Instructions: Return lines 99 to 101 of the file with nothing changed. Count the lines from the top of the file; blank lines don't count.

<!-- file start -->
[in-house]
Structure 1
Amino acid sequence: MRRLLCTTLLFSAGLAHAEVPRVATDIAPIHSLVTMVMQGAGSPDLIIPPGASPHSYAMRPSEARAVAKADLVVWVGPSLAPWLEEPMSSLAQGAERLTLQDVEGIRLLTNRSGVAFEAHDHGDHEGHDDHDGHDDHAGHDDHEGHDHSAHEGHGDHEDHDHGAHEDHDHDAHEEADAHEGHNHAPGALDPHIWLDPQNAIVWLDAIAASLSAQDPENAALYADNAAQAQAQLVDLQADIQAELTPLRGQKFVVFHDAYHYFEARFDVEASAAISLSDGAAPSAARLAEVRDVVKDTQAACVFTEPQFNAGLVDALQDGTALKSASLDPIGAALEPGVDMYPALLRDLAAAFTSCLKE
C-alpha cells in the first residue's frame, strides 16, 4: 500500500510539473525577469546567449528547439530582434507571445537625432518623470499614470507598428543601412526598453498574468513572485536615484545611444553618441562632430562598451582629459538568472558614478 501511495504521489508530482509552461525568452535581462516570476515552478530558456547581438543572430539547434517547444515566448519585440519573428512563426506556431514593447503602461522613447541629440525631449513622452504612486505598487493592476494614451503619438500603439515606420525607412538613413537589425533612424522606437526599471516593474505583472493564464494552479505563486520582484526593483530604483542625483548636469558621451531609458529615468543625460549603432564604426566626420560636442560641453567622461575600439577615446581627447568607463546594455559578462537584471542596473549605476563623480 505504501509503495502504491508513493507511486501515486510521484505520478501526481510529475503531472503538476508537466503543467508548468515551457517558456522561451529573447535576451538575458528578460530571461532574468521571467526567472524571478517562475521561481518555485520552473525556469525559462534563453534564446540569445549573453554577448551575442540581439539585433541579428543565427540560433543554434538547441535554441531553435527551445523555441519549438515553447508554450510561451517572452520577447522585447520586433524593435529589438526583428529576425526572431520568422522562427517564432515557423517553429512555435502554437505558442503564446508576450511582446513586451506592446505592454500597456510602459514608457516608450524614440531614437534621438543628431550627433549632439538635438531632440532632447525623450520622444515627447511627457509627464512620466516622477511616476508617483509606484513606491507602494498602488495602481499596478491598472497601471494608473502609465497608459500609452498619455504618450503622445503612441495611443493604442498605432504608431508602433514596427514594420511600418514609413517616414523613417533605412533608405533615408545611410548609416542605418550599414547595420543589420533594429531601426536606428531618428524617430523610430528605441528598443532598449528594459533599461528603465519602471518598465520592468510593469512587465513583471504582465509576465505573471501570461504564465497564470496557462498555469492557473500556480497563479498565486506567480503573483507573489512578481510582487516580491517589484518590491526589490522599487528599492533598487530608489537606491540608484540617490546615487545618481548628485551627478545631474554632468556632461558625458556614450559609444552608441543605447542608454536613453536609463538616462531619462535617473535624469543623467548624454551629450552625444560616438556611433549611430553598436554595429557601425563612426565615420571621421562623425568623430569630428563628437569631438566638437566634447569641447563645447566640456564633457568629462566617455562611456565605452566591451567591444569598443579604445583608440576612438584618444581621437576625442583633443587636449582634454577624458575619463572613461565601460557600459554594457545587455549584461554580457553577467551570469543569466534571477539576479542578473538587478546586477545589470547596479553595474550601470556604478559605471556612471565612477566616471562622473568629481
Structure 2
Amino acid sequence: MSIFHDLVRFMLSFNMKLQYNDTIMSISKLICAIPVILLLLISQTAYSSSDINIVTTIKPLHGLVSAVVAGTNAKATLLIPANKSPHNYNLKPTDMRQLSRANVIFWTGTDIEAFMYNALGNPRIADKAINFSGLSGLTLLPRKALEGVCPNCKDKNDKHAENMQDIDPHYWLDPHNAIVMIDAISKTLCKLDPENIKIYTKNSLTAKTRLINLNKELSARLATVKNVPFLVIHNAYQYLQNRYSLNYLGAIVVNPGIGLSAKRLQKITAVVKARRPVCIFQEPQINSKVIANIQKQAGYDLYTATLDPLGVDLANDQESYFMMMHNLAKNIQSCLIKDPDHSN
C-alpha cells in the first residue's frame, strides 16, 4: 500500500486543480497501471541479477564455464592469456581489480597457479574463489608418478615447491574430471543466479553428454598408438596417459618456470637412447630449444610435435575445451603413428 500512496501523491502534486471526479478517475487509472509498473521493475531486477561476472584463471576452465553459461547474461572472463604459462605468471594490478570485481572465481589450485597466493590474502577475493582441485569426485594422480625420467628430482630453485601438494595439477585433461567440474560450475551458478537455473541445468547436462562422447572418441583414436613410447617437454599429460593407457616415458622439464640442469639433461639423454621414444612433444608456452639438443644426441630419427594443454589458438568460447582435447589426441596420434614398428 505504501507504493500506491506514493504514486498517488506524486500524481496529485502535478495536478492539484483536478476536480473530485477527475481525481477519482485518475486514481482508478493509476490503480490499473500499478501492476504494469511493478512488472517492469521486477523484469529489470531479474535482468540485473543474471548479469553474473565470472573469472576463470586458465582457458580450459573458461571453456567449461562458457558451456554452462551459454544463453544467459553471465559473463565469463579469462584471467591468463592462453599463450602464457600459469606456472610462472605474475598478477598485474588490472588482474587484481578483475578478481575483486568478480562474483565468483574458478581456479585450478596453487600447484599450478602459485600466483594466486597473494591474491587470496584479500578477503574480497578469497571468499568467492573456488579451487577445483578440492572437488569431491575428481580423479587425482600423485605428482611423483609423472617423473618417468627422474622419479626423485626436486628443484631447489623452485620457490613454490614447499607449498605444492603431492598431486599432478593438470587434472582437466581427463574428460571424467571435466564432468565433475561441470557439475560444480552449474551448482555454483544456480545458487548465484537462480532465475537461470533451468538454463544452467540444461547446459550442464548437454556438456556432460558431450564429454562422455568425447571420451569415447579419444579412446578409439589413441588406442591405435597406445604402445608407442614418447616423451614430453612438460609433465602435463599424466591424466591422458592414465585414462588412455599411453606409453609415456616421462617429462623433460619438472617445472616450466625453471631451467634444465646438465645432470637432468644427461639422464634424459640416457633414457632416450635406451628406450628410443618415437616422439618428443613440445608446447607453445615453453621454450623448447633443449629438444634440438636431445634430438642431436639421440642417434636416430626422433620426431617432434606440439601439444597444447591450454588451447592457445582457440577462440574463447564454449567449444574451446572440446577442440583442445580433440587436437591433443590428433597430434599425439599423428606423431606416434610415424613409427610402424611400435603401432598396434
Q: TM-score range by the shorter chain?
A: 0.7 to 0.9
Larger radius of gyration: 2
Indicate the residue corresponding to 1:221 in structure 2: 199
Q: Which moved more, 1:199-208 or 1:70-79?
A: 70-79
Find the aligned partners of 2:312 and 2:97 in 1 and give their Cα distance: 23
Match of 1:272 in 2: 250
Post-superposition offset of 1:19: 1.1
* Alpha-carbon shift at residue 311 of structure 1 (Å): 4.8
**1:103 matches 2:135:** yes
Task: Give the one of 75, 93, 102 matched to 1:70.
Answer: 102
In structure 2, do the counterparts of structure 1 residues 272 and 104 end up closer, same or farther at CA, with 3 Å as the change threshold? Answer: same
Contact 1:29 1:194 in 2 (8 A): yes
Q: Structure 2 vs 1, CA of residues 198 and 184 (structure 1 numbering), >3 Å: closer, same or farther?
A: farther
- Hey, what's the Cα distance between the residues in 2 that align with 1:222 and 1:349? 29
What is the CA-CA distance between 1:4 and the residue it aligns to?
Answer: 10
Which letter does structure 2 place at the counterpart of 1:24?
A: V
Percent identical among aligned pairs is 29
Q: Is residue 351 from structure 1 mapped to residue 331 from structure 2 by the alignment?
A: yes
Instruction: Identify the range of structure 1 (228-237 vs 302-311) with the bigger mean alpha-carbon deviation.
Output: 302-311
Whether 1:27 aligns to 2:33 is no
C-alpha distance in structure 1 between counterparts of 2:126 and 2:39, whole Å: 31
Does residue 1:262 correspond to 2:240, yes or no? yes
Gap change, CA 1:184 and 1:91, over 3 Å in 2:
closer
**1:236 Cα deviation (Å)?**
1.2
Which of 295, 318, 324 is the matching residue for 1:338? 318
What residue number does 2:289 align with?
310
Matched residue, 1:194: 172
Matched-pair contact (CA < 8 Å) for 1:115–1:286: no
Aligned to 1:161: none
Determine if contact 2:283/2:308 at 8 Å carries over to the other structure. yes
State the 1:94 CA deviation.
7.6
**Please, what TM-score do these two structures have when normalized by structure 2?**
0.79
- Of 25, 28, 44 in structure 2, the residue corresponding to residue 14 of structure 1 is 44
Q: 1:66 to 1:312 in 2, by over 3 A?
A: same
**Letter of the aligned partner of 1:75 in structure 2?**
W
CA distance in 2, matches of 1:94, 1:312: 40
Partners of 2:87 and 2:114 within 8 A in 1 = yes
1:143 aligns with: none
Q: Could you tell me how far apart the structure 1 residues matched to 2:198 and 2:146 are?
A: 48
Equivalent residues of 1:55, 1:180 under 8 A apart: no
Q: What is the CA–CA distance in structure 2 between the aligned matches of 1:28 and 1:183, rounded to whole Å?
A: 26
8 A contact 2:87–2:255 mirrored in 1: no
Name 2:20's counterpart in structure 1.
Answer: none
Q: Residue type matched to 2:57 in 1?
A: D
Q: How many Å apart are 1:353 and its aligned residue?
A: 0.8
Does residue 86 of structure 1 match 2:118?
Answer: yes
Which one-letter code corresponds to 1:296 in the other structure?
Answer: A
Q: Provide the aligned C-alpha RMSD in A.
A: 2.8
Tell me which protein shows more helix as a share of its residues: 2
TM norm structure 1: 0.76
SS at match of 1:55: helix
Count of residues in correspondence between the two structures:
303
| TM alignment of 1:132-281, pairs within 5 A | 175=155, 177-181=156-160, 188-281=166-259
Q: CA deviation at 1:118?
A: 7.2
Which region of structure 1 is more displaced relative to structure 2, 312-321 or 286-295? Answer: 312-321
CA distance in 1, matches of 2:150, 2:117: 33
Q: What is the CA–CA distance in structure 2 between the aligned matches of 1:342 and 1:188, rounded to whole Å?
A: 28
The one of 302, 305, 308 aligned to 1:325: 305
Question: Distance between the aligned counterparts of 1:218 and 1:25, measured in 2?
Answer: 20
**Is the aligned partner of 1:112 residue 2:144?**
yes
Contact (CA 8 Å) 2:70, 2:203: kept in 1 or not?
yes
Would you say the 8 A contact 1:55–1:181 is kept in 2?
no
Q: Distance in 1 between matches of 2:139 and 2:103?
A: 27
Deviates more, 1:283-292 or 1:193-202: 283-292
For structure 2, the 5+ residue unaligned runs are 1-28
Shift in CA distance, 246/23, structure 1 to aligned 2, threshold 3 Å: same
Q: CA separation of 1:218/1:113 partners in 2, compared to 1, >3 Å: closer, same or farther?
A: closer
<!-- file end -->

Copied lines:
no
Q: Distance in 1 between matches of 2:139 and 2:103?
A: 27